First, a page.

What this will change for something like the Stephen Lawrence case, is a freedom to seek specialist advice. There is no client choice under new proposals.

This removal of choice for specialist law, which in its entirety is a subject hugely complex and far-reaching, will surely drive down the quality of service.You could be allocated a lawyer from a multinational firm with no specialism and no interest except to turn your case over as quickly as possible.

The quickest way to do this is get your client to plead guilty. Many in the legal profession believe that there will be a huge increase in false ‘guilty’ pleas in order to move cases along quicker.

So while it may seem attractive in hindsight, to disallow Dobson and Norris the right to their own lawyer, Doreen Lawrence would be disallowed the same right.

Would the lawyer she would be allocated have become the ‘rock’ (as he is described) that Imran Khan did?

Doreen Lawrence and Imran Khan Image: The Telegraph

Doreen Lawrence and Imran Khan Image: The Telegraph

And while we can look unfavorably at Dobson and Norris now, they still required a fair trial before they were proven guilty.This is the most crucial aspect of the justice system. Yet, media such as The Sun and the Daily Mail often freely tarnish people as criminals before, during and after trials – based on how they look, what they do and most worryingly this opinion is projected onto the public.

In The Sun’s afore mentioned description of Babir Singh, he was said to have been ‘defending criminals.’ Just criminals. No mention of the people who he defended that may have been innocent? The people he saved from jail and punishment when they were wrongly accused?

Remember Christopher Jefferies? He was the landlord accused of the murder of 25 year old Joanna Yeates, and he received his unfortunate share of the media spotlight. Tabloids, including the Daily Mail – which ran the headline “Murder police quiz ‘nutty professor’,  seemed to make up their minds about him before his trial and a consensus of guilty for the ‘strange’ professor seeped from the pages into the public atmosphere.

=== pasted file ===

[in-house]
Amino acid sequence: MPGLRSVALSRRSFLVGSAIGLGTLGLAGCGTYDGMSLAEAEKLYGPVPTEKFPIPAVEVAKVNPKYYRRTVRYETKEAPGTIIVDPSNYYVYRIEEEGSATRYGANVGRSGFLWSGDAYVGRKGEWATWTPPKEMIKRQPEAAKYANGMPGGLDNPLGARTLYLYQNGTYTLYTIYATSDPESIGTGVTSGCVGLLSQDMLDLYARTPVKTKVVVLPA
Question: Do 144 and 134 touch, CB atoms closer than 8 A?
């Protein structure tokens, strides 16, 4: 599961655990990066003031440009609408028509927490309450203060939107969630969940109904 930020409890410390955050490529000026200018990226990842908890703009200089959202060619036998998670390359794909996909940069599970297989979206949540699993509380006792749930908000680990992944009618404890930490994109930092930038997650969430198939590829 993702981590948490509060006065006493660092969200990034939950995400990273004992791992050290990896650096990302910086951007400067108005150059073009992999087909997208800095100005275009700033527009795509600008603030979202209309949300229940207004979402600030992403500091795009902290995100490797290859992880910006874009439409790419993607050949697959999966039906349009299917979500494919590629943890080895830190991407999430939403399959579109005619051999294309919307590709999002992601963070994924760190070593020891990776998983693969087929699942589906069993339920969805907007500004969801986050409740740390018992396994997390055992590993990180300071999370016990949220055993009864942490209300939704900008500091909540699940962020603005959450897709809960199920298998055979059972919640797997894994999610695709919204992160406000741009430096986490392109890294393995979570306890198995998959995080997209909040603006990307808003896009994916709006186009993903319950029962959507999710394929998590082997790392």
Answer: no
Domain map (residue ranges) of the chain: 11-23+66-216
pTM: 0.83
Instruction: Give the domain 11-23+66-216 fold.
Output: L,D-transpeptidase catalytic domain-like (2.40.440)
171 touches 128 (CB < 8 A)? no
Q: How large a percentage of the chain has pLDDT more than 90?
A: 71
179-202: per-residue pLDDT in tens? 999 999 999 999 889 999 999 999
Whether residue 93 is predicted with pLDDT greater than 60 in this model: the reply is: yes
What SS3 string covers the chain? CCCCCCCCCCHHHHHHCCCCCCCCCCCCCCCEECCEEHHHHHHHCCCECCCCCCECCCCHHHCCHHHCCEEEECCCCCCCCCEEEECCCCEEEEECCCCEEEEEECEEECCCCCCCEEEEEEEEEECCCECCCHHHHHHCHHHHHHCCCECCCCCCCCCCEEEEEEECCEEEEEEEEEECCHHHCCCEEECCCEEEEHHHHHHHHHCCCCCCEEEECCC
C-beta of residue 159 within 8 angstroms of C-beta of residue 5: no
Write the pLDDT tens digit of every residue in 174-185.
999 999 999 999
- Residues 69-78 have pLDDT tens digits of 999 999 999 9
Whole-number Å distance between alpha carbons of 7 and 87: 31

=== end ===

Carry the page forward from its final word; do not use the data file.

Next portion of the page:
Just one of the front tabloid pages devoted to Chris Jefferies when he was arrested

Just one of the front tabloid pages devoted to Chris Jefferies when he was arrested

After a few days of tabloid taunt, which Jefferies knew nothing about as he was held by the courts, another tenant of his was arrested, found guilty and sentenced to life imprisonment. Jefferies was interviewed at the Leveson inqury and has not yet received an apology from any media for the ordeal.  

This is a worrying effect of media on trials and the lives of individuals. Yet it seems no lessons have been learned, as the press continues to villainise and bandy around the word ‘criminal’ as a term for anyone who comes into contact with the legal system.

There are thousands of people that need legal aid to protest a false claim. And it acts as an important protection against powerful authorities.

This mother required legal aid to defend her two sons, after were arrested at the student demonstrations. They were eventually acquitted from the charge of violent disorder. Because their chosen law firm Bindmans, specialised in protest law they were able to take good care of the family’s case. The firm had connections to local support groups, and through one of these groups, they found someone who had video footage from the protest that would clear the boys’ name. Despite 11 witness statements from police – making the case difficult, the boys were rightly cleared of the crime.

As Imran Khan highlighted, legal aid goes much further than defending the guilty:

The future is bleak. Legal aid is not simply about defending so-called criminals, it is also about protecting people’s rights and improving society for everyone… But now it is getting to the stage where lawyers are going to be turning away cases that might be the next Lawrence, the next Zahid Mubarek or the next Climbié.”

Find out more about legal aid cuts in this report from Radio 4.

by Kam Sandhu @KamBass